Remember back in May when we shared this post! It was the first time in history that Miss America, Miss USA and Miss Teen USA were all black women. Today Essence released its digital cover featuring all three women and the pictures are stunning. Read below via Global Beauty Director Julee Wilson:
For the first time in history Miss America, Miss USA and Miss Teen USA are all Black Women. But we’ve known forever that Black women reign supreme.
To celebrate this milestone in history we captured all three women @niaimanifranklin @chesliekryst & @kalieghgarris for a DIGITAL cover in their crowns AND some of our beloved cultural crowns (Church hats, do-rags, headscarves and kufis).
And there was no one better to write this feature than the incomparable @michaelaangelad, who eloquently breaks down the importance of our place in culture — today, tomorrow and always!
Check out the pictures:
This was my favorite part of the feature Via Essence.com
Black women not only create crowns out of our hair, we also crown our crowns in the most majestic ways. We wear elaborate hats and regal head wraps not to hide our hair but to glorify its beauty, creativity and power.
Whether Black women are standing on the floor of the Senate or napping in a college dorm lounge, their presence alone is often seen as an act of aggression—yet we refuse to diminish ourselves for the benefit of the underdeveloped vision of others.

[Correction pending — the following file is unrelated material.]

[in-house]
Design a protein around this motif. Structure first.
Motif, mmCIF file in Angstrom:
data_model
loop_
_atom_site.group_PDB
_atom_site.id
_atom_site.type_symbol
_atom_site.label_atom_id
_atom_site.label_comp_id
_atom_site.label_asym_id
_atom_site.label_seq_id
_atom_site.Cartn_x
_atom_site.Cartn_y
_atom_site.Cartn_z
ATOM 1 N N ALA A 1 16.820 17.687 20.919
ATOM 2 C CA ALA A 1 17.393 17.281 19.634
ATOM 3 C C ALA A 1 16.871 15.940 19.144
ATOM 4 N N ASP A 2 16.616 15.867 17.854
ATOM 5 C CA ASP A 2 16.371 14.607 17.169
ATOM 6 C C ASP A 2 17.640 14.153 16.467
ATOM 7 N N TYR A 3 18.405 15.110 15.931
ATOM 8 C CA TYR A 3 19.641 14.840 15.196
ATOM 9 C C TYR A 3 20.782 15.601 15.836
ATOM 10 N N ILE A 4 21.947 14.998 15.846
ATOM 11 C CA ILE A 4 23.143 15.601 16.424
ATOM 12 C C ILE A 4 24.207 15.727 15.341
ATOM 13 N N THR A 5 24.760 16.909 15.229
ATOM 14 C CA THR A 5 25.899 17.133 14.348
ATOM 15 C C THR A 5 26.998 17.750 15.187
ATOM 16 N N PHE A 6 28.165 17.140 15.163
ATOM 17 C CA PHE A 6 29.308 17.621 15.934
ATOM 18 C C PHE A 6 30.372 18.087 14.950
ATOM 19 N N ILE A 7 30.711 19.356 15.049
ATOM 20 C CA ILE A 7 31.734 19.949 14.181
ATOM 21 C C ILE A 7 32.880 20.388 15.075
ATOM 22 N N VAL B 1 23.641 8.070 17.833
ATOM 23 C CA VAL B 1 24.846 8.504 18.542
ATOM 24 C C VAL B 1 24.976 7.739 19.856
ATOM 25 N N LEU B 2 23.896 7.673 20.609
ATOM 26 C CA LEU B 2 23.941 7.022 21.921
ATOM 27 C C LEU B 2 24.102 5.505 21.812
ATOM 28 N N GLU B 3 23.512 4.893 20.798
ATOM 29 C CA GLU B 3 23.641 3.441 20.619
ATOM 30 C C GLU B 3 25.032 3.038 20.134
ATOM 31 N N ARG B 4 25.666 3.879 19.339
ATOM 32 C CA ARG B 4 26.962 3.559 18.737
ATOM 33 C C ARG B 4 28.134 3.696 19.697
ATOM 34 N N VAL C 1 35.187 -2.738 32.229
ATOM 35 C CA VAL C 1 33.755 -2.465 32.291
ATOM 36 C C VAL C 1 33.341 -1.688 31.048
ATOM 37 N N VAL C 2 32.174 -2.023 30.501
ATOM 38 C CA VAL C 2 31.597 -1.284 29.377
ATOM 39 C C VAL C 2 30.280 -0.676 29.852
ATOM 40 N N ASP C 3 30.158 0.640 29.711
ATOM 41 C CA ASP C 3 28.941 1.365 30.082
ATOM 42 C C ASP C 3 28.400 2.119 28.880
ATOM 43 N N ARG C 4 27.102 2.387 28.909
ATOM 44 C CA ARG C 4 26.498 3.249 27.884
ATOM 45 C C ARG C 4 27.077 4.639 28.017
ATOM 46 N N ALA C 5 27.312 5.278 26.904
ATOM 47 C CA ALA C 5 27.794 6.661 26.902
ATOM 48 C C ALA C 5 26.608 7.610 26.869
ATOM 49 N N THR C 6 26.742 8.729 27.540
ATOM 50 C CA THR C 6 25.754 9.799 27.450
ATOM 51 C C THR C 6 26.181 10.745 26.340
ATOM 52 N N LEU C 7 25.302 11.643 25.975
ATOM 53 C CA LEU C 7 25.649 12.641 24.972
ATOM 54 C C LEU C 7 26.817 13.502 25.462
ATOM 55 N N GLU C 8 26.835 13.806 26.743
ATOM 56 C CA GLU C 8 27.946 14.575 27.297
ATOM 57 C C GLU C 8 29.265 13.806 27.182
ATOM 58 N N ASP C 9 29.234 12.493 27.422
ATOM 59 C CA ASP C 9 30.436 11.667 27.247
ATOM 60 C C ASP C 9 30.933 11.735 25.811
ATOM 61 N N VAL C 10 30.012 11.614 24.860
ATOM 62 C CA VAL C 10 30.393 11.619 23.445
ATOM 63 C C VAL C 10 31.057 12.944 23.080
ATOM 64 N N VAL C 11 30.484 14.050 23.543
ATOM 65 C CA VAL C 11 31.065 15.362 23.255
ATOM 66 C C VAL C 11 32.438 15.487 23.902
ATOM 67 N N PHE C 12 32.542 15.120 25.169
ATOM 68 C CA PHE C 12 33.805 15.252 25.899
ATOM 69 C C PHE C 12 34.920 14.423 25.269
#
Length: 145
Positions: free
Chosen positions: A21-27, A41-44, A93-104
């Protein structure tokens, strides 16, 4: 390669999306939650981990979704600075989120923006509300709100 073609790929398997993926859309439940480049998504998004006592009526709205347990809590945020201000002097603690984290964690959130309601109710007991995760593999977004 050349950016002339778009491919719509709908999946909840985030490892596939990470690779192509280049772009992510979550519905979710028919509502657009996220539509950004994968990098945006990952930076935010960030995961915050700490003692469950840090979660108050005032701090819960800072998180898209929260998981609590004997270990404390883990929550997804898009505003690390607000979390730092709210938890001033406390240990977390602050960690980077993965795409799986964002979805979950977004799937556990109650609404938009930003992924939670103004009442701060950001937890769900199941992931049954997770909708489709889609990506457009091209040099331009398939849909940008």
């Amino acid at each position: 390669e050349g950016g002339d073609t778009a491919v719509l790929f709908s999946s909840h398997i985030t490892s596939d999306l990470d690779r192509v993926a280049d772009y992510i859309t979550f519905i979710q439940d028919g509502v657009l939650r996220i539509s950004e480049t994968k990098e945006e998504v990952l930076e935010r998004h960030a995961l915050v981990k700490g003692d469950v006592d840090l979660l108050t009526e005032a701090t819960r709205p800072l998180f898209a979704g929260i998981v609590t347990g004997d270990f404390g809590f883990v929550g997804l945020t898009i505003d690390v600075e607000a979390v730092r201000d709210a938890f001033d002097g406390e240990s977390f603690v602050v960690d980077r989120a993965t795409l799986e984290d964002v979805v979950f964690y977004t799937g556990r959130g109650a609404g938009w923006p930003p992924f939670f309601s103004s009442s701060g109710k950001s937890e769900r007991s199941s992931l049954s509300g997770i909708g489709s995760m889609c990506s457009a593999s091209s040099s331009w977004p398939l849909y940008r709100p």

In the face of the brutality, ignorance and blandness of White supremacy and its standards of beauty, Black women dare to flaunt our flyness by adding extra embellishment to our already radically expressive heads.
“Pageants weren’t always welcoming to women of color. It took decades of persistence and courageous women showing the world a new kind of beauty.” — Cheslie Kryst, Miss USA 2019
We are only too much for those without enough. Black women have consistently displayed the most diverse, audacious and glorious crowns, from Dana Elaine Owens proclaiming herself Queen Latifah and bedecking herself with tall and proud African fabric headpieces and declaring “All Hail the Queen” on her debut album to the big, blinged-out bow on Aretha Franklin’s charcoal church hat at the 2009 Obama -Inauguration.
Then there was Minnie Riperton’s poetic wreath of baby’s breath on the cover of Adventures in Paradise, Winnie -Mandela’s magnificent turbans, Grace Jones’s crystal-encrusted stingy brim bowler projecting miniature lasers from the stage and Erykah Badu’s gravity–defying head wrap on the cover of her Baduizm album.
And who can forget a resplendent, pregnant Beyoncé ruling the night in a headdress of golden roses and sunrays at the Grammys?
Of course, the most powerful, spectacular and glorious part of a Black woman’s head is how we use it—the revolutionary way we love, the holistic way we organize, the creative way we make, protect and sustain life. And as the whole world knows, when it comes to hair and everything we put in or on it, Black women rule.